05 March 2021

Les magasins

One of the things our friend Cheryl wanted to do on the île d'Oléron was to buy gifts for some of her friends in California as well as some souvenirs for herself. Alors on a fait les magasins... We went shopping. Here's some of the stuff we saw...



One of the things about traveling with a dog is that your activities have to be restricted and adapted to the pup's needs. While Cheryl and I browsed the souvenir and crafts shops, Walt stayed with Callie the collie, walking her around in whatever village or neighborhood we happened to be in. I think that suited him just fine, since he's not much of a shopper.

04 March 2021

La Cotinière — details

Boats in the harbor, signs, things to do and places to eat and sleep... I really need to go back to La Cotinière when the fishermen are not on strike. For the first 15 years we lived here in Saint-Aignan, there was a Marennes-Oléron fishmonger who came to our Saturday morning market and set up a very big stand where you could admire and buy all the seafood you could imagine. Unfortunately, the couple that ran the business retired, and nobody from the Marennes-Oléron area stepped in to replace them. We miss their displays, the variety, and the quality of the seafood they brought to our town every weekend.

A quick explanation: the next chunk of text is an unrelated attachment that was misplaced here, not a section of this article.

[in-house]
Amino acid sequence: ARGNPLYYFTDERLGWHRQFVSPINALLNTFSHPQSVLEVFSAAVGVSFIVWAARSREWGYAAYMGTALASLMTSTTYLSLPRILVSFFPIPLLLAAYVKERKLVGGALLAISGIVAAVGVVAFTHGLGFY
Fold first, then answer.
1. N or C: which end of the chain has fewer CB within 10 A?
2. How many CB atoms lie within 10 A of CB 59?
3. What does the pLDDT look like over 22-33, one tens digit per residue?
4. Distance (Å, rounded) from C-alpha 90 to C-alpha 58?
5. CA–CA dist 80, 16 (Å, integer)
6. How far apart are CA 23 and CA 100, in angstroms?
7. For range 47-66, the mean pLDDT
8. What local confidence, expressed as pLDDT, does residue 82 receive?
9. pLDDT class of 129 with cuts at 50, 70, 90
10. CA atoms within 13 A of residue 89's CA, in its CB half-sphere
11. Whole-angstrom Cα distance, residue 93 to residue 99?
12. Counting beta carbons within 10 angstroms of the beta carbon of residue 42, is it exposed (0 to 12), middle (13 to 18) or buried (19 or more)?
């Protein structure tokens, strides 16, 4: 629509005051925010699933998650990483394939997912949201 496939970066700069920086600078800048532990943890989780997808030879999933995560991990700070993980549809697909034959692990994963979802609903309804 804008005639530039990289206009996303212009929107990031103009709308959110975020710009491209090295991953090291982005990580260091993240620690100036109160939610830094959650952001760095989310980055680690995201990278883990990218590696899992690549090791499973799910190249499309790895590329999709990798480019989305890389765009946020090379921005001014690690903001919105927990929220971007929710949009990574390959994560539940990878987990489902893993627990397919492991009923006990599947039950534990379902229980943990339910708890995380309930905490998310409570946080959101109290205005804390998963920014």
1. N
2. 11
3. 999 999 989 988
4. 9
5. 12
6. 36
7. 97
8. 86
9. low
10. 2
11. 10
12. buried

03 March 2021

La Cotinière, un petit port de pêche dans l'île d'Oléron



Drive down the west side of the île d'Oléron just a couple of miles south from La Menounière, where we stayed for a week in May 2008, and you come to the village called La Cotinière. It's the busiest fishing port in the Charente Maritime département, which includes the city of La Rochelle, and it's one of the ten busiest fishing ports in France.



One tourist site I've looked at says of the village:

« A tout moment de la journée La Cotinière est en mouvement et animé par les bateaux y entrant ou en sortant au rythme des marées. »

Well, that wasn't quite the case when we were there, because all the commercial fishermen were on strike and the ports were quiet.




Fewer than a thousand people live in La Cotinière, but people come from all over the island and from nearby mainland areas to buy fresh seafood.




Mornings, there's an open-air market set up at the edge of the harbor, and we were able to buy oysters, clams, and shrimp there despite the commercial fishermen's strike.




A fleet of about 30 trawlers operates out of the port. Catches of sardines, soles, bars (bass), lottes (monkfish), and other fin fish are brought in daily and sold at auction (that's called la criée...)




Besides the morning market, the numerous village fish markets are open afternoons, selling the day's catch. Shrimp (crevettes) are one of La Cotinière's mainstays — it's one of the top five French shrimping ports.

02 March 2021

Looking down from, and around, the Chassiron light

First an aerial view of the phare and pointe de Chassiron, at the northern end of the île d'Oléron. Thanks to Google Maps. And then some photos of mine that I took from the top of the lighthouse. Our late friend Cheryl was on the grounds below, sitting on a bench under some trees and then walking Callie the collie on a leash. Looking at those bent-over trees, by the way, you can see how windy it must be along that coast much of the time.